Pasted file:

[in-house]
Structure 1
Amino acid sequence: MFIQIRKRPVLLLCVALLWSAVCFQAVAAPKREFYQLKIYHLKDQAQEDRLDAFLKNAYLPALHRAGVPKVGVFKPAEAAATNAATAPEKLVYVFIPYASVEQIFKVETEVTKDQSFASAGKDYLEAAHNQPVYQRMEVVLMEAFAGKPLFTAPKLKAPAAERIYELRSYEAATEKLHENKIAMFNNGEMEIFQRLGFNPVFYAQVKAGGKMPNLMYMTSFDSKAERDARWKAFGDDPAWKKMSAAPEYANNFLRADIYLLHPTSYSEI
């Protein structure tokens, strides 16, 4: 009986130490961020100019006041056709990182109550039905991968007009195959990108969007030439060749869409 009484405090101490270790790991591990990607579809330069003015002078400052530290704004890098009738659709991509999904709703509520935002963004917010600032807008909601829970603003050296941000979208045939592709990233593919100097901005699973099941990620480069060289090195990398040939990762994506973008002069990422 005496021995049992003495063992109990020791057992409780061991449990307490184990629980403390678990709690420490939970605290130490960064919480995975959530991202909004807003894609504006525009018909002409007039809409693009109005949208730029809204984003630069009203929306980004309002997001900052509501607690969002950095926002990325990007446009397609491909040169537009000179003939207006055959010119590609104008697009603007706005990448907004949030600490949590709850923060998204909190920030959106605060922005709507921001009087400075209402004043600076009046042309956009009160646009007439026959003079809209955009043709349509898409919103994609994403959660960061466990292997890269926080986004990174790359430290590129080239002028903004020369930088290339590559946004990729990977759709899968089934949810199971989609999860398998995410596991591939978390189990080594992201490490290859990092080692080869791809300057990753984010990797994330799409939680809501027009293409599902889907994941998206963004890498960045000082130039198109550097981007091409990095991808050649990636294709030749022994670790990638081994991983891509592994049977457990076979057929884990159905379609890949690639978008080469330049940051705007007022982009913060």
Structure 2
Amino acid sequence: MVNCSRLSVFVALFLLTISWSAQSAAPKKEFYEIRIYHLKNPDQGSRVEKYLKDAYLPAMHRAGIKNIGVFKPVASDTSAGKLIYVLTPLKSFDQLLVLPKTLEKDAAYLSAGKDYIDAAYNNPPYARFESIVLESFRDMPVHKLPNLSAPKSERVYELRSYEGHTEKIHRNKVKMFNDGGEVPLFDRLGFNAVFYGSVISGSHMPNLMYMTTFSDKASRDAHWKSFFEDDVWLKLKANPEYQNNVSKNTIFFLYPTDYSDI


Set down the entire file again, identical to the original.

[in-house]
Structure 1
Amino acid sequence: MFIQIRKRPVLLLCVALLWSAVCFQAVAAPKREFYQLKIYHLKDQAQEDRLDAFLKNAYLPALHRAGVPKVGVFKPAEAAATNAATAPEKLVYVFIPYASVEQIFKVETEVTKDQSFASAGKDYLEAAHNQPVYQRMEVVLMEAFAGKPLFTAPKLKAPAAERIYELRSYEAATEKLHENKIAMFNNGEMEIFQRLGFNPVFYAQVKAGGKMPNLMYMTSFDSKAERDARWKAFGDDPAWKKMSAAPEYANNFLRADIYLLHPTSYSEI
């Protein structure tokens, strides 16, 4: 009986130490961020100019006041056709990182109550039905991968007009195959990108969007030439060749869409 009484405090101490270790790991591990990607579809330069003015002078400052530290704004890098009738659709991509999904709703509520935002963004917010600032807008909601829970603003050296941000979208045939592709990233593919100097901005699973099941990620480069060289090195990398040939990762994506973008002069990422 005496021995049992003495063992109990020791057992409780061991449990307490184990629980403390678990709690420490939970605290130490960064919480995975959530991202909004807003894609504006525009018909002409007039809409693009109005949208730029809204984003630069009203929306980004309002997001900052509501607690969002950095926002990325990007446009397609491909040169537009000179003939207006055959010119590609104008697009603007706005990448907004949030600490949590709850923060998204909190920030959106605060922005709507921001009087400075209402004043600076009046042309956009009160646009007439026959003079809209955009043709349509898409919103994609994403959660960061466990292997890269926080986004990174790359430290590129080239002028903004020369930088290339590559946004990729990977759709899968089934949810199971989609999860398998995410596991591939978390189990080594992201490490290859990092080692080869791809300057990753984010990797994330799409939680809501027009293409599902889907994941998206963004890498960045000082130039198109550097981007091409990095991808050649990636294709030749022994670790990638081994991983891509592994049977457990076979057929884990159905379609890949690639978008080469330049940051705007007022982009913060």
Structure 2
Amino acid sequence: MVNCSRLSVFVALFLLTISWSAQSAAPKKEFYEIRIYHLKNPDQGSRVEKYLKDAYLPAMHRAGIKNIGVFKPVASDTSAGKLIYVLTPLKSFDQLLVLPKTLEKDAAYLSAGKDYIDAAYNNPPYARFESIVLESFRDMPVHKLPNLSAPKSERVYELRSYEGHTEKIHRNKVKMFNDGGEVPLFDRLGFNAVFYGSVISGSHMPNLMYMTTFSDKASRDAHWKSFFEDDVWLKLKANPEYQNNVSKNTIFFLYPTDYSDI